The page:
Corvino enters the square outside his home where Volpone (in disguise) has been selling an elixir to a large crowd of people. Celia has just thrown down a handkerchief to Volpone. Corvino screams “spite of the devil” and chases away Volpone, Nano, and the crowd. Corvino compares the strange events to stock events from Italian dell’arte shows.
Corvino has no idea how correct he is when he compares the mountebank (which is really Volpone performing a mountebank) to an Italian dell’arte show, a professional theatre performance that used stock characters and stories. This is yet another example of the play’s meta-theatricality.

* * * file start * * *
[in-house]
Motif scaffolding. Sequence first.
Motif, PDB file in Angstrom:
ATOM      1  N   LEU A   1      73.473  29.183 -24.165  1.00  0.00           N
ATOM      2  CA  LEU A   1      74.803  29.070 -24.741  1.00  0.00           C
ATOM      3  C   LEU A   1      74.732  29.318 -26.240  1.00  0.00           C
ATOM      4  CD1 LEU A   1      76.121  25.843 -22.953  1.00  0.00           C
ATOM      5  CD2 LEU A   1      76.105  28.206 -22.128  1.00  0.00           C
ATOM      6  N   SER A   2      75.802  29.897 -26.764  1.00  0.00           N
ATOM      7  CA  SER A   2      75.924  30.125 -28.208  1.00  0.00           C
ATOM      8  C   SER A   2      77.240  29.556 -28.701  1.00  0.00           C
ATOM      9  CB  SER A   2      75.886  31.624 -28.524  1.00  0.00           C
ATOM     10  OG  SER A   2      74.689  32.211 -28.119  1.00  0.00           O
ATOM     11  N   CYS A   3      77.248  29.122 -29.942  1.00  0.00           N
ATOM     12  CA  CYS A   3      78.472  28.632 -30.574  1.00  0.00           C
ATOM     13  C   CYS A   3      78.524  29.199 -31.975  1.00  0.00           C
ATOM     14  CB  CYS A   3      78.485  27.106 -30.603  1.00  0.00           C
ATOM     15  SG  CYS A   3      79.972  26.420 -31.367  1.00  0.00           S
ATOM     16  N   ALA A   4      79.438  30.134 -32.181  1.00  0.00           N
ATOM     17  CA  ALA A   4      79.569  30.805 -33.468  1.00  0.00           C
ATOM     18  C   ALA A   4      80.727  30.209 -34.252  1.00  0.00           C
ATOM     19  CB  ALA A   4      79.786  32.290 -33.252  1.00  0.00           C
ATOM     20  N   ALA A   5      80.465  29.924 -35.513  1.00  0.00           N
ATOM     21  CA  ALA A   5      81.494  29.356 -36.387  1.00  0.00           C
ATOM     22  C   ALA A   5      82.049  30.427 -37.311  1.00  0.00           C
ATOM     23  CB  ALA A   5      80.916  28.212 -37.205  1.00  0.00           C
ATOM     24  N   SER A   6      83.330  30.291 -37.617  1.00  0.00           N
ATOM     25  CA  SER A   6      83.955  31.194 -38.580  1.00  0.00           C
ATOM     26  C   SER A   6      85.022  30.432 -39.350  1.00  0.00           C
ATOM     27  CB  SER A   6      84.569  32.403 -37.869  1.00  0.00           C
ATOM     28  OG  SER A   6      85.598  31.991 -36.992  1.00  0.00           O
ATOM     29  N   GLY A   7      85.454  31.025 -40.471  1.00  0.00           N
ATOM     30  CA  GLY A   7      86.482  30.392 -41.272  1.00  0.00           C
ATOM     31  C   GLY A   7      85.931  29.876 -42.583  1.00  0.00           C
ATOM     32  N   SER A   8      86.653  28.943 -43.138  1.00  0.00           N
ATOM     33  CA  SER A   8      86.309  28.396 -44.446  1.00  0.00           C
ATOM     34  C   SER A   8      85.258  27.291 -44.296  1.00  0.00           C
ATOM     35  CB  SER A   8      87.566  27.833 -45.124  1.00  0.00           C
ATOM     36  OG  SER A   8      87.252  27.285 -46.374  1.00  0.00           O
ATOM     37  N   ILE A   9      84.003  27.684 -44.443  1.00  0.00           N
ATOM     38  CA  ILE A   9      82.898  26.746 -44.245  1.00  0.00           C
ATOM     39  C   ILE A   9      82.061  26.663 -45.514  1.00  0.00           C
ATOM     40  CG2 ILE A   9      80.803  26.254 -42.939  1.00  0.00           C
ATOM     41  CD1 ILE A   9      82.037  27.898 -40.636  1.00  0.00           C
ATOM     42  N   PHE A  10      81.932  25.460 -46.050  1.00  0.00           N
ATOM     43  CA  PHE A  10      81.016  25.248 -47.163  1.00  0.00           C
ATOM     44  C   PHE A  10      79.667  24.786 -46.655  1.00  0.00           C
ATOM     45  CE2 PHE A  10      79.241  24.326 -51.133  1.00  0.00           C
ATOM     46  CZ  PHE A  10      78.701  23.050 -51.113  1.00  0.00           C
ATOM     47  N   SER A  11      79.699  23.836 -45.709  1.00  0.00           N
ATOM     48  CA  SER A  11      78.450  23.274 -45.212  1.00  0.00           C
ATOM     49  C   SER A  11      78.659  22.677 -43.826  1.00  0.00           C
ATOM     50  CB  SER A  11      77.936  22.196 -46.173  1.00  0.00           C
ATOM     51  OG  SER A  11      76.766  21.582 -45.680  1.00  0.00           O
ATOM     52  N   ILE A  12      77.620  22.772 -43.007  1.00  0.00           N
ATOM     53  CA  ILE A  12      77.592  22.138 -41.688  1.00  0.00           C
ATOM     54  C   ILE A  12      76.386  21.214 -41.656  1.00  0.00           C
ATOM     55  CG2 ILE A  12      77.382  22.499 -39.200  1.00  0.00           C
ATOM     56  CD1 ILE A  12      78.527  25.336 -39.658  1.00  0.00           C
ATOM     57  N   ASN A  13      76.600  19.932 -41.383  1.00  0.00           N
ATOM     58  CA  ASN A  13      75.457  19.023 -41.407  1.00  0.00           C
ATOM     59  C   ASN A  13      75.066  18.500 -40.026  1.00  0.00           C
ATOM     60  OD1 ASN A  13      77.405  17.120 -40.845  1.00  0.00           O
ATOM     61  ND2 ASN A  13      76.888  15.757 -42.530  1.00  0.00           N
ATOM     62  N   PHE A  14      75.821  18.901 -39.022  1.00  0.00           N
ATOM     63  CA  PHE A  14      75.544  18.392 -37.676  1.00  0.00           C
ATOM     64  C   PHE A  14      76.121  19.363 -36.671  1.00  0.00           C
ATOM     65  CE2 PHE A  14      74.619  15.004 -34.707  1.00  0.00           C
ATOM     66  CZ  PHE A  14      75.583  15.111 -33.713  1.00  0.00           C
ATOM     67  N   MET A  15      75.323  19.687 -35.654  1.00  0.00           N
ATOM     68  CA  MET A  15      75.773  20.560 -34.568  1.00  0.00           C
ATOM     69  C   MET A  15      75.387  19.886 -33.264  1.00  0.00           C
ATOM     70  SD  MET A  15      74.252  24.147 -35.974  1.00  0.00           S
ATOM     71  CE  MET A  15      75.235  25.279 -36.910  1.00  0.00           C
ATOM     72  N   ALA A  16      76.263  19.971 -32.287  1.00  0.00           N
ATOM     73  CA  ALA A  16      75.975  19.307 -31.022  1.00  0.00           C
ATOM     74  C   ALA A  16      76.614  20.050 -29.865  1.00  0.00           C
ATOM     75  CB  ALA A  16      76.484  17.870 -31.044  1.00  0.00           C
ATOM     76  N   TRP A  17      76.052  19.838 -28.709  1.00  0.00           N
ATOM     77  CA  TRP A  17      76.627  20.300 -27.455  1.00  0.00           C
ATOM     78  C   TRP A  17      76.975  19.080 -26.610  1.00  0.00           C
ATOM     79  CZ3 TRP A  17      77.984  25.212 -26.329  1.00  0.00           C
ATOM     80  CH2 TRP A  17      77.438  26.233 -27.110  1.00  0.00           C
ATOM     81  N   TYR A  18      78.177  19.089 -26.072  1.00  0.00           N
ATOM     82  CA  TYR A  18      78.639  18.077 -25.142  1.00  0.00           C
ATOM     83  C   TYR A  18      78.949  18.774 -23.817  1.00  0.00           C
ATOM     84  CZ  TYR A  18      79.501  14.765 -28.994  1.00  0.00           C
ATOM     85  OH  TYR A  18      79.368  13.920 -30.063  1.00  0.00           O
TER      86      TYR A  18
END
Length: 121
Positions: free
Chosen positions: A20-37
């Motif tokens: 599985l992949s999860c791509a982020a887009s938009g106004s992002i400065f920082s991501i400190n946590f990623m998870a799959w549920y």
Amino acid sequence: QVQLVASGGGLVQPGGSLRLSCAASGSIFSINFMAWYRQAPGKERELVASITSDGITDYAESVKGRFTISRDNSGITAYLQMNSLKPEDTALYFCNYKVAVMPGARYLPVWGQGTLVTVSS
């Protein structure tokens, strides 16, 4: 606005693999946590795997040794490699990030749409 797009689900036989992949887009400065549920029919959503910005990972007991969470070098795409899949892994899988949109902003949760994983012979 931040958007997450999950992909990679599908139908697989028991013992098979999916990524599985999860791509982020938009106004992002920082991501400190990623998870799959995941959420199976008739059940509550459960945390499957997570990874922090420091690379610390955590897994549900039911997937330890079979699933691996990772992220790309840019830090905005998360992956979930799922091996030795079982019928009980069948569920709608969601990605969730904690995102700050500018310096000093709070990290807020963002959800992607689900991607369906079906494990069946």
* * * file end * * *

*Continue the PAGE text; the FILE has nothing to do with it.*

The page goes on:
Peregrine asks Sir Politic what he thought about what just happened, and Sir Politic thinks it might be some trick being played on him. He says that he needs to stand his guard, since for three weeks all of his letters have been intercepted. Peregrine says he’ll continue to spend time with Sir Politic since he is so amusing.
Sir Politic is continually suspicious of being a victim of political corruption and espionage, believing that his mail has been intercepted. This is related to his inflated sense of self-importance—he’s only tangentially involved with the events that he believes might be a trick on him.